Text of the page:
The next job I found was completely different. I became a deckhand for an Alaskan charter fishing lodge out of Sitka, Alaska. I’ve always wanted to go to Alaska. I wanted to work on the ocean, to see if I could take what the ocean was dishing out. I was going to be doing something I was interested in, and so my mind would be learning new skills, and getting new experiences. I didn’t have any experience on the ocean, had no skills a deckhand needs other than a great attitude, willingness to learn, and hard working. I didn’t let the lack of skills get me down. I figured I could learn anything I needed to, and I was right.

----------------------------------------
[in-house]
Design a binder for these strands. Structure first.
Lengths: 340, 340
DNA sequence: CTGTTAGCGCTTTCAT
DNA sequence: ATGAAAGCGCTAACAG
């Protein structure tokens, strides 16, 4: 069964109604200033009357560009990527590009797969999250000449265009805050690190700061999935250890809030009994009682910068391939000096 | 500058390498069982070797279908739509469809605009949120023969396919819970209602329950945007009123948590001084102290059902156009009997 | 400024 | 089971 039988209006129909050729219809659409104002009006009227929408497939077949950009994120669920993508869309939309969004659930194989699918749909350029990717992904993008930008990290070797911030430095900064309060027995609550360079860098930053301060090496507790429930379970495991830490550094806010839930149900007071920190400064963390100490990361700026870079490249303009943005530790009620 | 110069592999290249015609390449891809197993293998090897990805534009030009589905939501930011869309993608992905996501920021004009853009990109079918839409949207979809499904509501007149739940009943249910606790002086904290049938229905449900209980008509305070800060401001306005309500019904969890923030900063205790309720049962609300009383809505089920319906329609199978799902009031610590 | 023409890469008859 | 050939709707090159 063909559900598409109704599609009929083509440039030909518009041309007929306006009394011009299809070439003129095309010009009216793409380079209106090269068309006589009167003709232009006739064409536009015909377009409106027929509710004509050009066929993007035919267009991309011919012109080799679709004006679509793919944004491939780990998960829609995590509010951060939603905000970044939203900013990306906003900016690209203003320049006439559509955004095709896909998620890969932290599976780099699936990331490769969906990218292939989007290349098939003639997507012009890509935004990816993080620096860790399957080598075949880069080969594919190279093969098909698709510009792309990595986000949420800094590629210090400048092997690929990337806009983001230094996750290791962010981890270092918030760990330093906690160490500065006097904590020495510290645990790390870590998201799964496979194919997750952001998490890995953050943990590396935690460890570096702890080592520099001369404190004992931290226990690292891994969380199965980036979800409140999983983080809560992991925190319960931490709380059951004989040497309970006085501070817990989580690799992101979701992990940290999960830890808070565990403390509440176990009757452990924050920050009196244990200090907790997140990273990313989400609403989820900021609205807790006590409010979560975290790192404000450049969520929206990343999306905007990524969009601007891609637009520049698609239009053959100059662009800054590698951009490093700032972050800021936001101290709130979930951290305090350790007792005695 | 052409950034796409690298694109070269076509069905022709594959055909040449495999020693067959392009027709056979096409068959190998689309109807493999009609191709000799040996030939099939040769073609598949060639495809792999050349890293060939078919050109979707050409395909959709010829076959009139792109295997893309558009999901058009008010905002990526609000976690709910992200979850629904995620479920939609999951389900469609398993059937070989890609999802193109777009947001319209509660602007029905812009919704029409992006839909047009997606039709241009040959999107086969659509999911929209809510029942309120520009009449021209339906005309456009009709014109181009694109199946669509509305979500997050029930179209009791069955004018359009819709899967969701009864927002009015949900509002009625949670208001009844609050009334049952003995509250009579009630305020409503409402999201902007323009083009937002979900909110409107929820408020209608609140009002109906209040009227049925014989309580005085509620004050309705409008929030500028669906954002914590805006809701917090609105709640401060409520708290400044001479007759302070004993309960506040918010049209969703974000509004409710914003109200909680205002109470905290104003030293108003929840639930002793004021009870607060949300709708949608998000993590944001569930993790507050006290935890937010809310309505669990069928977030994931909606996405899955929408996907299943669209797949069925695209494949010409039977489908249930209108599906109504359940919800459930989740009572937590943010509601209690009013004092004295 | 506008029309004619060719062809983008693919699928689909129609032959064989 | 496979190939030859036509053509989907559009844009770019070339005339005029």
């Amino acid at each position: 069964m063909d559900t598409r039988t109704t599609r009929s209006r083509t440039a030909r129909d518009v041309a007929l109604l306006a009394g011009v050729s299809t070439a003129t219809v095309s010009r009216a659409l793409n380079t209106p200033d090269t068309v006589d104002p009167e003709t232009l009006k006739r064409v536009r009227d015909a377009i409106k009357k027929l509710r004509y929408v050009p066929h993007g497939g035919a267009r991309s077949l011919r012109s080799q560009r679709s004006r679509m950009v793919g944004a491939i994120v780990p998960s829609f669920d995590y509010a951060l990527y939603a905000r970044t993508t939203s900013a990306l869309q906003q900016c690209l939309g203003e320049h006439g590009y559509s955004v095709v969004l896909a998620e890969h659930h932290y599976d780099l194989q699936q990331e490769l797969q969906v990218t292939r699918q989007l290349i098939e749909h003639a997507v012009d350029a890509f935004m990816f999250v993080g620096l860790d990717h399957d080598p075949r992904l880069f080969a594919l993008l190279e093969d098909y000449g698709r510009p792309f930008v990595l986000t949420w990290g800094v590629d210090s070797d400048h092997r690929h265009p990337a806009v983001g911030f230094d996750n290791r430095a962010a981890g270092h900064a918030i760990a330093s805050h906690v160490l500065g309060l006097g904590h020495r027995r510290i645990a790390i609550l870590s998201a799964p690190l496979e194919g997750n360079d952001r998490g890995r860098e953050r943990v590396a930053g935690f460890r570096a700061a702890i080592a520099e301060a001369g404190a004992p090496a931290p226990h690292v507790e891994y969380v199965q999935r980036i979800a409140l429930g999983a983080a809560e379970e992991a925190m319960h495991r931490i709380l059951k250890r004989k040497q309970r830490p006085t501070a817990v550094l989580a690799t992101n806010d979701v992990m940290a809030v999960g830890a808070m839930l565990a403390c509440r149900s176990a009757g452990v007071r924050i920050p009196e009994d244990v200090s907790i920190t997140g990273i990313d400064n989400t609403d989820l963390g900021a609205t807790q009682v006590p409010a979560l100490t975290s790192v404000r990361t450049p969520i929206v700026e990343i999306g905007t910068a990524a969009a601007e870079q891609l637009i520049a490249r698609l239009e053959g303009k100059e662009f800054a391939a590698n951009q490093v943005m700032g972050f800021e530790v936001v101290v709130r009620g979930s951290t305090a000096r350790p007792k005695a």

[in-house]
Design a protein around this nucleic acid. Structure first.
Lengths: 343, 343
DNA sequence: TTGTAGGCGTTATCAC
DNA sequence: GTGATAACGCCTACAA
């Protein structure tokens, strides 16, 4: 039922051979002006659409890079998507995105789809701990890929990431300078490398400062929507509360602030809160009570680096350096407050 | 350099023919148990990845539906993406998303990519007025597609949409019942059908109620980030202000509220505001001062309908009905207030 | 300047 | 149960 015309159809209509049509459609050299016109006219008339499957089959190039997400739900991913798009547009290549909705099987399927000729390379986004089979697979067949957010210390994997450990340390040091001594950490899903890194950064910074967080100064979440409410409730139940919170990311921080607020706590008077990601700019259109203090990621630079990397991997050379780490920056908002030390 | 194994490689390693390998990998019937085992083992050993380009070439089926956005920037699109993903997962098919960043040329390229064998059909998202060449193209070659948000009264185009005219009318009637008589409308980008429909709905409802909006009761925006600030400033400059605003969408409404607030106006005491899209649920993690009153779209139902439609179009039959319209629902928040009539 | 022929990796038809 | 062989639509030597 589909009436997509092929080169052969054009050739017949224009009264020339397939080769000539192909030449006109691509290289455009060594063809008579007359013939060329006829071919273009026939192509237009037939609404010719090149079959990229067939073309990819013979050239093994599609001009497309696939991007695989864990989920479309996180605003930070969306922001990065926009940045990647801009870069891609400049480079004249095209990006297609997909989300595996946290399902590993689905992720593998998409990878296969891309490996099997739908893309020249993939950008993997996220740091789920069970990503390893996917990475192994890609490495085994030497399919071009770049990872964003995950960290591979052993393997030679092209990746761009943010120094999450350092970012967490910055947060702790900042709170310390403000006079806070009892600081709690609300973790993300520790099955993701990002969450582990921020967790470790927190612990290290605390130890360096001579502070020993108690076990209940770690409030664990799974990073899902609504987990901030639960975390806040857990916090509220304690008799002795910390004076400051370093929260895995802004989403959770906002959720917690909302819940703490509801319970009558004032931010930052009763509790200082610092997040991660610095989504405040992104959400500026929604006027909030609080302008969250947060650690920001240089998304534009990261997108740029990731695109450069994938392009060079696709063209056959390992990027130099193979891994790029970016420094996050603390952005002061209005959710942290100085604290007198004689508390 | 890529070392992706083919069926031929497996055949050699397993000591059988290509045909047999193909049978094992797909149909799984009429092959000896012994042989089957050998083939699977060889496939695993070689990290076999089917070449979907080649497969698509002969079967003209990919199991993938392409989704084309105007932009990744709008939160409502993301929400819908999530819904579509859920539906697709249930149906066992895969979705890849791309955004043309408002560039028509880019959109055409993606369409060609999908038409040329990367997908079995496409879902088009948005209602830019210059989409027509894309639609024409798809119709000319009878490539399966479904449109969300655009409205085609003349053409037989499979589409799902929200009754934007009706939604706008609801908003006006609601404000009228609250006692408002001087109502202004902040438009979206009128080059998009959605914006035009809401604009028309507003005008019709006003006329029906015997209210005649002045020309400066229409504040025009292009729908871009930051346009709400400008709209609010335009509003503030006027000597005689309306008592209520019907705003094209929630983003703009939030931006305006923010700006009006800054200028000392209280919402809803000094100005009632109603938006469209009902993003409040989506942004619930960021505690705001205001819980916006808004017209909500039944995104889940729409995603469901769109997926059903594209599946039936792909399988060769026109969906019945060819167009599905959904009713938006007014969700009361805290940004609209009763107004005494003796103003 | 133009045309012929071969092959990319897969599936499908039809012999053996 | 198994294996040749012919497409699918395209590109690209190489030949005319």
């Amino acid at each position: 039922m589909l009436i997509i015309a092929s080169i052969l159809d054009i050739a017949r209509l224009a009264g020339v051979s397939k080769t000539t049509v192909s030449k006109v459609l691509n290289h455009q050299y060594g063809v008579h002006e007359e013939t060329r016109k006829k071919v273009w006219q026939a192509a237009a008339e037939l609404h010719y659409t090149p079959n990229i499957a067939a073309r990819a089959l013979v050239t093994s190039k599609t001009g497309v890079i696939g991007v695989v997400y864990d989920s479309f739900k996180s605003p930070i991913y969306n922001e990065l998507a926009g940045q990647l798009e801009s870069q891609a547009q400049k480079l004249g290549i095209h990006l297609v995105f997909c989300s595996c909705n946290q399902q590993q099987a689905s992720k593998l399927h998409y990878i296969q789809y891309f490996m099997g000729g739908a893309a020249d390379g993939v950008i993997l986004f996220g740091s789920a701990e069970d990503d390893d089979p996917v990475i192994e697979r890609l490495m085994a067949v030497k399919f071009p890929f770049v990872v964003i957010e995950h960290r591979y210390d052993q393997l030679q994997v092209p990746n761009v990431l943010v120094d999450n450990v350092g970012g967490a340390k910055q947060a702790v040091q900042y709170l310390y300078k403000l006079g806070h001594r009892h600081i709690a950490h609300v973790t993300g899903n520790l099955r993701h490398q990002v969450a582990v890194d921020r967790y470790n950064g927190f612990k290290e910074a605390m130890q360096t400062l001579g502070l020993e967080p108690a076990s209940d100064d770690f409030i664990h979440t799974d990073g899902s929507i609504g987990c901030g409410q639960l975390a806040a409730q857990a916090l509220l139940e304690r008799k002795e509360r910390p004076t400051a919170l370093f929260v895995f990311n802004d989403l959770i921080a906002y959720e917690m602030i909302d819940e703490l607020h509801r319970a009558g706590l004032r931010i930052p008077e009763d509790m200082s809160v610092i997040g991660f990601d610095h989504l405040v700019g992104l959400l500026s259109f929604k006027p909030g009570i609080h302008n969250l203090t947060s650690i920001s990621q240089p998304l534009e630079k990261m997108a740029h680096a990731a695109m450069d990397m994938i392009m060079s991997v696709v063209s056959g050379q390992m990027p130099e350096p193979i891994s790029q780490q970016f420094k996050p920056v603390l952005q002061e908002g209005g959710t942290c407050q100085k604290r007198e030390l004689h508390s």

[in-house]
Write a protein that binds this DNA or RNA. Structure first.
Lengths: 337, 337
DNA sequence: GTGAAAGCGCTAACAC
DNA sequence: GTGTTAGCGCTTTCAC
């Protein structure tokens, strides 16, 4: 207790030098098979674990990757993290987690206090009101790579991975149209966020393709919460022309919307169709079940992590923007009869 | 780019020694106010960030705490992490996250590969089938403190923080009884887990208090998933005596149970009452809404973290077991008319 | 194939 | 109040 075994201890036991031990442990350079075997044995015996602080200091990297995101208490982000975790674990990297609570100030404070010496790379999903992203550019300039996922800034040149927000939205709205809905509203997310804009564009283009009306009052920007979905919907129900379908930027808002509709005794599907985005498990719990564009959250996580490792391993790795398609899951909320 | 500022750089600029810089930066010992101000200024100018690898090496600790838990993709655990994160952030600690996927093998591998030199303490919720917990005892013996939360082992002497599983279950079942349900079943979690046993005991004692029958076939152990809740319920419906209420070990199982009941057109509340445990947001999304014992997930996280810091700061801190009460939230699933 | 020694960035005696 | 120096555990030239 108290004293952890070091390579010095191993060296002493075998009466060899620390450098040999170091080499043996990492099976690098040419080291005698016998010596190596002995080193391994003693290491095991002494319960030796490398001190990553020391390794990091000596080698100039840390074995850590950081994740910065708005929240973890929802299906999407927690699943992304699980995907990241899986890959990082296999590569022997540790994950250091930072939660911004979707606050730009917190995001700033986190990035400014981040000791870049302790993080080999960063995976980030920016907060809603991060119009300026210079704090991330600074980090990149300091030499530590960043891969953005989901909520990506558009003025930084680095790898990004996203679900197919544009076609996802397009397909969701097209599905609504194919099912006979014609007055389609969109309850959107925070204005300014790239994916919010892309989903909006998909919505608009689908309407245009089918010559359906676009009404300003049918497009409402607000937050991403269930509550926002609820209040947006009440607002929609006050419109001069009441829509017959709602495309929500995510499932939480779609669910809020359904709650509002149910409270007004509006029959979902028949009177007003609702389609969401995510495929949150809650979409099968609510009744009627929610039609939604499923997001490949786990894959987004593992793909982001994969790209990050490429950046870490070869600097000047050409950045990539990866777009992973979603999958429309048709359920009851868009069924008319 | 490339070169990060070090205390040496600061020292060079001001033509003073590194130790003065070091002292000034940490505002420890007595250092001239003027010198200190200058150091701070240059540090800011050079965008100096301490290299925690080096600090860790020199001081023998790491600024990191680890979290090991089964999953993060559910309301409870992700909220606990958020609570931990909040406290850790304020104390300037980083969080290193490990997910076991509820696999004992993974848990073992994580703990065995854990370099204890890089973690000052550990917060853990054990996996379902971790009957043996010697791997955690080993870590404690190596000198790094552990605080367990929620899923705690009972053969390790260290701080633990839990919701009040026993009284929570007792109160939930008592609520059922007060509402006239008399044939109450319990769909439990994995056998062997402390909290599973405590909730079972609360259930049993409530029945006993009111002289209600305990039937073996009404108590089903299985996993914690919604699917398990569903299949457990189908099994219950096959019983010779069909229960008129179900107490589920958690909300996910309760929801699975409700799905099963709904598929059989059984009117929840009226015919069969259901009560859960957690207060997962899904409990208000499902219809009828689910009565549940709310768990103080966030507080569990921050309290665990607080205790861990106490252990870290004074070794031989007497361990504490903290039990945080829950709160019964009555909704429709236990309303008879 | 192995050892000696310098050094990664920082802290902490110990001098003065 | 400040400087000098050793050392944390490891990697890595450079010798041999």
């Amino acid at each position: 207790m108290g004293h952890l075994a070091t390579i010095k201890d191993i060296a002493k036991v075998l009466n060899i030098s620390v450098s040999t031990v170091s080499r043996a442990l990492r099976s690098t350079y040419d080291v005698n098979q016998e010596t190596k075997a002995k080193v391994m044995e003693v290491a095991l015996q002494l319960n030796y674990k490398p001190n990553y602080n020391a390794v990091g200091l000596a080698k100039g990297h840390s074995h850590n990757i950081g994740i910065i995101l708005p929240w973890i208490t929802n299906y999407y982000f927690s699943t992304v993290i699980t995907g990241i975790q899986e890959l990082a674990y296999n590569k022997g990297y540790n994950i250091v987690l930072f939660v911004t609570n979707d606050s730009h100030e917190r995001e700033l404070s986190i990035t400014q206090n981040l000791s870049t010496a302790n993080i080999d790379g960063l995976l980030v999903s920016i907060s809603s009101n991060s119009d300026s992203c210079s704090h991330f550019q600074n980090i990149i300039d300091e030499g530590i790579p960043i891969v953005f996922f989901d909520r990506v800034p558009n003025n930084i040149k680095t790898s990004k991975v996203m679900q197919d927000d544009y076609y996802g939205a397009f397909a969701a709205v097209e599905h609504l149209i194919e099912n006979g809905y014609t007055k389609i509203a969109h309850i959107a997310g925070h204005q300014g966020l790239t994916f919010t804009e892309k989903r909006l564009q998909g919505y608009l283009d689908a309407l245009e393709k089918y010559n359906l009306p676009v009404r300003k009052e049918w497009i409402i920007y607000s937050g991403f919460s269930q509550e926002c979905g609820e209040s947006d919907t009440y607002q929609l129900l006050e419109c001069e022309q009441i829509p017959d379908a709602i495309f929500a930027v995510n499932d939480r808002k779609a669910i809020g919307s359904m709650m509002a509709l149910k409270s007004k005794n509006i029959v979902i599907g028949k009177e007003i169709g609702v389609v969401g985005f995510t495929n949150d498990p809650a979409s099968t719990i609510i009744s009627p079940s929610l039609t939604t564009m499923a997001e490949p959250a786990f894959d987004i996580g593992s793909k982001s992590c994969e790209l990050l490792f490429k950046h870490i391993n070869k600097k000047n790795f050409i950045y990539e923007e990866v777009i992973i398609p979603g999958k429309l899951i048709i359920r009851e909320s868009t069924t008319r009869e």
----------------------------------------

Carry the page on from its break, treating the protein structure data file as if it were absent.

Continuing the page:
In early April, my friend and I packed up the van and went on a 2 week road trip up to Prince Rupert, British Columbia where we would meet our ferry which would take us to Baranoff Island, and Sitka. I already liked this job. Two weeks of traveling just to get to the job, is a definite plus for me. We enjoyed the trip, taking our time through the Palouse region of SE Washington. Then we saw the Columbia River Gorge in full spring bloom. Finally, we worked our way up the coast through Olympic Nat’l park and to the border. After customs, we drove north 400 miles to Prince George via the Frasier River Gorge. Then west 400 miles to Prince Rupert where we would meet our ferry. We spent a day taking in the foggy, rain swept scenes of the Inside Passage. It was very dreary. Finally, we landed in Sitka at 4 am, and I had my first taste of the beauty Alaska had to offer.